Speaking through an attorney known for taking on high-profile celebrity cases, the family of gay D.C. middle school principal Brian Betts Tuesday called on the U.S. Justice Department to investigate whether Betts’ murder in April was motivated by anti-gay bias.
Los Angeles attorney Gloria Allred, who has been retained by Betts’ parents, discussed the possible hate crime angle to the case during a news conference at a courthouse in Rockville, Md., minutes after a judge sentenced defendant Alante Saunders, 19, to 40 years in jail for Betts’ murder.
Betts was found shot to death April 15 in the second floor bedroom of his Silver Spring, Md., house. Saunders and three other teenage males were charged with murder in connection with the case a short time later.
Authorities said Saunders met Betts through a sex chat line and hatched a plan with the other three youths to commit a robbery. Defense attorneys and prosecutors said the youths did not intend to kill Betts and attributed the shooting to a “robbery that went bad.”
Police identified Saunders as the shooter.
“Brian’s family retained me to represent them as victims in the criminal case,” said Allred, who has hosted a radio talk show specializing in legal issues.
“The family has also retained me to explore whether or not Brian’s murder should also be prosecuted under the new Matthew Shepard federal hate crimes law,” she said.
“Brian was a gay man and we believe an investigation should be opened under that law to determine whether a hate crime has or has not been committed by defendant Saunders and if it has whether it is appropriate to proceed with a federal prosecution under that law.”
Police and prosecutors said an investigation found that Saunders and Betts met through a sex chat line and that Betts invited Saunders, who expressed an interest in seeing him, to his house. Sources familiar with the case have said the chat line caters to gay men seeking other men for sex, but authorities have declined to identify the chat line by name.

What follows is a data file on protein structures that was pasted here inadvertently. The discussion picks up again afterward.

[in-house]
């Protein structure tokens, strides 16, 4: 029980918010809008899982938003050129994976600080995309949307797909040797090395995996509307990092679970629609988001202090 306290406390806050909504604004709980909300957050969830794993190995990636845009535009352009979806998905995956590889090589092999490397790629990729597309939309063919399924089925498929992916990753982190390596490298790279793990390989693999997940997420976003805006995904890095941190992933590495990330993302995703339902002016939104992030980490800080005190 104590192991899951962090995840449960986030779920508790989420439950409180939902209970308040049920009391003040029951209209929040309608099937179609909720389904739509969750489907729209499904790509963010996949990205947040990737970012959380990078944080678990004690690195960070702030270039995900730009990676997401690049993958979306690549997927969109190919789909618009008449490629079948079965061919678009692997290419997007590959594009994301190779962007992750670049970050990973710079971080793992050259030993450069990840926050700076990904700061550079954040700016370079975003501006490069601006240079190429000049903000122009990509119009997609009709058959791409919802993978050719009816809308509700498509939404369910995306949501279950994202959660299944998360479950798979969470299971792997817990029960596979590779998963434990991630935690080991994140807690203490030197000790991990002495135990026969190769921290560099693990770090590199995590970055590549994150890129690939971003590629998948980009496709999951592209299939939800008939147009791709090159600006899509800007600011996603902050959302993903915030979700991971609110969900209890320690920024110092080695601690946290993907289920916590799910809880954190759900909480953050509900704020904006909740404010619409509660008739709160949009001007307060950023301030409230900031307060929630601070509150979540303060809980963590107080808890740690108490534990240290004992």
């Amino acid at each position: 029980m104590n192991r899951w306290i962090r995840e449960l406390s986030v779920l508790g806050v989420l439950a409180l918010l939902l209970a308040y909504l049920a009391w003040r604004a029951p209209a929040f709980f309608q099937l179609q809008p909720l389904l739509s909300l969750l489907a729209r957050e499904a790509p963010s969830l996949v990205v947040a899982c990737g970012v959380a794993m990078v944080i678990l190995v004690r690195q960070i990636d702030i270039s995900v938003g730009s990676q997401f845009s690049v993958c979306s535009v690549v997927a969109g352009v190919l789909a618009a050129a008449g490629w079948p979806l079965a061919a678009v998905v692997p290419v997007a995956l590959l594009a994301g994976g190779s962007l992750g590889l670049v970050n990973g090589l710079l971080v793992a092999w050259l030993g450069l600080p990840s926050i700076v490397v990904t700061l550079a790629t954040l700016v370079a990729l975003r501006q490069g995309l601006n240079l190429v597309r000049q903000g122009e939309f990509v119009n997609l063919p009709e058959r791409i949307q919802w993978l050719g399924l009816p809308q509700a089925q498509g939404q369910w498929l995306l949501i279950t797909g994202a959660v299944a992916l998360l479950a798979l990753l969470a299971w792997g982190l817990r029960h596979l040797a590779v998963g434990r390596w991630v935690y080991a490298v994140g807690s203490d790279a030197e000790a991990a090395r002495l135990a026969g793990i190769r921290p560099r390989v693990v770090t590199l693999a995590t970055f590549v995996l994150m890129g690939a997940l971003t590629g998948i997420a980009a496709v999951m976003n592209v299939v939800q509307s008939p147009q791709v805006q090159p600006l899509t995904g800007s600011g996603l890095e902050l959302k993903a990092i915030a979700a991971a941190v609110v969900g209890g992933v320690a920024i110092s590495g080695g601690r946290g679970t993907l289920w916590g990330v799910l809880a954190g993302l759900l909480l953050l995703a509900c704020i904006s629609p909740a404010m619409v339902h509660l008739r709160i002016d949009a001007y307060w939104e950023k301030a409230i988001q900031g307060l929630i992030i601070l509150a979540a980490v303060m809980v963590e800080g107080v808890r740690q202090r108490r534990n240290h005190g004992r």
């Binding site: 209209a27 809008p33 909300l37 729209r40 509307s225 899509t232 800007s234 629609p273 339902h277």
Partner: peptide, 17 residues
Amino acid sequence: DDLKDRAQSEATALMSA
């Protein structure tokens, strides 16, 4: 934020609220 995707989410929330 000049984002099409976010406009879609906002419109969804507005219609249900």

Saunders pleaded guilty last month to first-degree felony murder in connection with the case. As part of a plea bargain arrangement, prosecutors agreed to ask Montgomery County District Court Judge John Debelius to sentence Saunders to life in prison with all but 40 years suspended.
Debelius agreed to the request at a sentencing hearing Tuesday following emotional statements delivered by nine family members and friends of Betts, including Betts’ mother, Doris Betts, his father, Delbert Betts, and sister, Jennifer Altomare. Nearly all of them wept as they described Betts, 42, as an extraordinary educator, mentor, loyal family member and friend.
“When I received word that our son had been killed in his own home, my world crumpled around me,” said Doris Betts. “These were supposed to be the golden years for me, but instead they will be the saddest years of my life.”
The judge also agreed to a request by defense attorney David Felsen that he recommend that Saunders be placed in a special state correctional facility that provides vocational training.
Debelius noted that under Maryland law, Saunders is eligible to apply for parole after serving 20 years.
Earlier in the day on Tuesday, the second of the three other men charged in Betts’ murder, Sharif Lancaster, 19, pleaded guilty to robbery and use of a handgun during commission of a felony as part of a plea bargain offered by prosecutors. Prosecutors agreed to drop an initial charge of first-degree felony murder against Lancaster.
He is scheduled to be sentenced Feb. 11 and faces a possible maximum sentence of 35 years in prison.
The Montgomery County State’s Attorney’s office and defense attorneys have said discussions were underway to arrange plea bargains for the remaining two defendants, Joel Johnson, 19, and Deontra Gray, 18.
Montgomery County State’s Attorney John McCarthy told reporters at the courthouse that his office investigated the possibility that Betts’ murder was a hate crime and could not find evidence to substantiate a bias related motive to the case.
“If we had seen evidence of a hate crime, we would have charged it,” he said. “And we have an advantage. We’ve seen the evidence.”
Gay rights attorneys have said state and local prosecutors sometimes don’t recognize the nuances of evidence that others might interpret as bias related elements of cases involving gay victims. They note that the Matthew Shepard Hate Crimes Prevention Act gives federal prosecutors through the Justice Department authority to overrule local prosecutors and initiate a federal hate crimes charge if supported by a federal probe.
At her courthouse news conference Allred declined to disclose evidence she knows of to support a hate crime, saying it would be improper to discuss evidence until the cases of all of the four defendants are completed.
Some gay activists have speculated that a bias or hate related element might be present in the case if the defendants selected the chat line to specifically target a gay man for a crime.
McCarthy and other prosecutors with the Montgomery County State’s Attorney’s office have refused so far to disclose specific details about what Sanders said to Betts through the chat line and the events that led to his firing the gun he used to shoot Betts.